The cost of a college education continues to go up and up, apparently with no end in sight. Students are grappling with massive student-loan debt as a result.
Dr. Robert Gitter, professor of economics at Ohio Wesleyan University, says there are a number of factors at work. “Probably the main driver is the fact that you have a situation where it’s very heavily dependent on the number of workers,” he points out. “You’ve got to have a lot of faculty, and you have to have a lot of people beyond just the faculty.” He says it’s hard for college profs to increase productivity, defined as more students per class, when everybody wants small classes.
Another factor, per Dr. Gitter: “There has been a tremendous increase in the number of non-teaching employees.” These include those who provide student services: counseling, operating recreation facilities, and so forth. Dr. Gitter compared intercollegiate competitiveness in these areas to an “arms race” among schools in order to attract students.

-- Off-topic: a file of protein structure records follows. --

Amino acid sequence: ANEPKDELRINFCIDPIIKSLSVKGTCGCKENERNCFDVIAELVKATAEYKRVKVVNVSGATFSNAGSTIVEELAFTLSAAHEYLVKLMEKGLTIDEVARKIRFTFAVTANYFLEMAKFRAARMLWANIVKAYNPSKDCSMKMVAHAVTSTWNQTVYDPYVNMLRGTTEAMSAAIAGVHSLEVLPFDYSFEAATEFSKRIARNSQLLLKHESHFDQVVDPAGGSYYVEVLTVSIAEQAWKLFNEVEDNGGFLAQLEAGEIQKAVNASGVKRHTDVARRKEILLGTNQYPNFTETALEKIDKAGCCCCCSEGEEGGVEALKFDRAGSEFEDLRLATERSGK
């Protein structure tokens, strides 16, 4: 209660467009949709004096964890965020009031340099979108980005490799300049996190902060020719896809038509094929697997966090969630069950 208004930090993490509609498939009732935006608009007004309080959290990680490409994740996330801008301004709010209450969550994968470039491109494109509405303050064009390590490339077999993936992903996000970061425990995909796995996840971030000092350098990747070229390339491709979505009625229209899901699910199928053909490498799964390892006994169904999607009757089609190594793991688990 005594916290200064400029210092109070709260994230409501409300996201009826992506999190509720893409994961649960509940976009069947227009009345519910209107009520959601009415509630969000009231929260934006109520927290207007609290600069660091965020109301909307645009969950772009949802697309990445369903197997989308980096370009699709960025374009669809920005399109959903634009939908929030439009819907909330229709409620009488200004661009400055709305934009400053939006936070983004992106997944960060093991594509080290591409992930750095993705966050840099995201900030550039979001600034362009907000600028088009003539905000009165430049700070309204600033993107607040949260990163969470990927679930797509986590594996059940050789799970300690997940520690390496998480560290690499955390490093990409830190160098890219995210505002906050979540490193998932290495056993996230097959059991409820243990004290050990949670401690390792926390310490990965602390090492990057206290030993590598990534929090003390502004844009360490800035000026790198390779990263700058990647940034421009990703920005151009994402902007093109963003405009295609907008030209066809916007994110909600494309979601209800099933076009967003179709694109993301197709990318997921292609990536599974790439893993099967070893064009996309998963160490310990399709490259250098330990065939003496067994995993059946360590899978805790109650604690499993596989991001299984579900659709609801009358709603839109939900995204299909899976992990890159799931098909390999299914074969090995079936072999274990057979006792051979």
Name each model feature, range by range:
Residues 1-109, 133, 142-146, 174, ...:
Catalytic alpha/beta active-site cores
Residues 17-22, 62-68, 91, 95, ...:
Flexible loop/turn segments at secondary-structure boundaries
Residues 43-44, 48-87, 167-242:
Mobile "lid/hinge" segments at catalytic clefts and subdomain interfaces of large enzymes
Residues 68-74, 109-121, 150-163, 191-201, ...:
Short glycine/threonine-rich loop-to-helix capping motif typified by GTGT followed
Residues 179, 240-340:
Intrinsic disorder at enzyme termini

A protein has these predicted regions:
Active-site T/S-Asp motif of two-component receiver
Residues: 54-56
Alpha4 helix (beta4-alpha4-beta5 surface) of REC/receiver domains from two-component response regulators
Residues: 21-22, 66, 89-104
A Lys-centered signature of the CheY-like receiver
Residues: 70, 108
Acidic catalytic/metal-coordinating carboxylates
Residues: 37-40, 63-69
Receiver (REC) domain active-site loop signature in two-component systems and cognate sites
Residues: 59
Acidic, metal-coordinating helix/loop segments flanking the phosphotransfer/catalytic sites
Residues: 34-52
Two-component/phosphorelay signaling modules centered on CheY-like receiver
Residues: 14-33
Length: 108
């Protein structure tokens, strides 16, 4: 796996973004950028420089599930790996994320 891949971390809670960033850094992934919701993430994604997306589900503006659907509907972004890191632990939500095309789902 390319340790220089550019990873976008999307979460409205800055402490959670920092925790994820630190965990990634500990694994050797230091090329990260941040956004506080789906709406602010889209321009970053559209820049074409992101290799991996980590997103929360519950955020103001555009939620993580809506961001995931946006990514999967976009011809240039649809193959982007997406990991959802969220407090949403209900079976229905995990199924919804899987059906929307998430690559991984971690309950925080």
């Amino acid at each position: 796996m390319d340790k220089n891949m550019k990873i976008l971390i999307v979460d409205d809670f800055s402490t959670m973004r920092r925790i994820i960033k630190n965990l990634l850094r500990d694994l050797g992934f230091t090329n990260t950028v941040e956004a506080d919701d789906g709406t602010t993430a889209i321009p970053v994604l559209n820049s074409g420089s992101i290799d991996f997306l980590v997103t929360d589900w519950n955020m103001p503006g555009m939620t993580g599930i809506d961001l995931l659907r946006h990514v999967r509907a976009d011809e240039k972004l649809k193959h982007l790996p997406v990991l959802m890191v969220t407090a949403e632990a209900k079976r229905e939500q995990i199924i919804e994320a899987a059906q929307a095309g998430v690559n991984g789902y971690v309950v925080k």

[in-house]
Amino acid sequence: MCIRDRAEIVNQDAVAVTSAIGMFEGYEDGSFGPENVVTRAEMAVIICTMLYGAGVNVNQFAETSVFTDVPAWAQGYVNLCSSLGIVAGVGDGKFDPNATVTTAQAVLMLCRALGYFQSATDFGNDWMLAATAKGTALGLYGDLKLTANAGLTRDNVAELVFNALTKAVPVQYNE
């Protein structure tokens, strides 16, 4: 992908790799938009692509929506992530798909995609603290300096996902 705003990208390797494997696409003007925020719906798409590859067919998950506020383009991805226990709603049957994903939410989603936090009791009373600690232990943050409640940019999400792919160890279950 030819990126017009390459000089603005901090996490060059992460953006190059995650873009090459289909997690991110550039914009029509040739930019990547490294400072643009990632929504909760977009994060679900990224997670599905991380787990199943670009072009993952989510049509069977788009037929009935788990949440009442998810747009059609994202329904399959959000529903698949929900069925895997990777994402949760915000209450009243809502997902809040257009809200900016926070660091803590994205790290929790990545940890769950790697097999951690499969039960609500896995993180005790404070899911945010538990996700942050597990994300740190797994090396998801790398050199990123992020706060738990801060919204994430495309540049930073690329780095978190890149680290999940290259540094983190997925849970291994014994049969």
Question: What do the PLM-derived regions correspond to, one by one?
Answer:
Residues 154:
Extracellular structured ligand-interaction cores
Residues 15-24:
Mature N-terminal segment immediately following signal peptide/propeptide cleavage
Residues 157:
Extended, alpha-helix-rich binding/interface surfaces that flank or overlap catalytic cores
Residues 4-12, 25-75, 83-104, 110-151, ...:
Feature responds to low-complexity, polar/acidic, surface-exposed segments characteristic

Dr. Gitter gives an example from his own school. “Here at Ohio Wesleyan, we’re putting $8 million into turning our old gym into a new, modern fitness center, he says. “And that won’t even put us on the cutting edge.”
In addition, he points out, “The number of people going to college has expanded dramatically. From the time that I was in college until today, there’s been a tremendous increase.” In state public colleges, the overall amount spent on education is up, but the amount per student is down.
Tuition provides a fraction of college revenues, he says. The rest comes from other sources, such as endowments, athletics, etc. Raising tuition also increases the amount of financial aid needed. Contrary to what a lot of people may think, he says, most government spending on education is done by the states, not the federal government.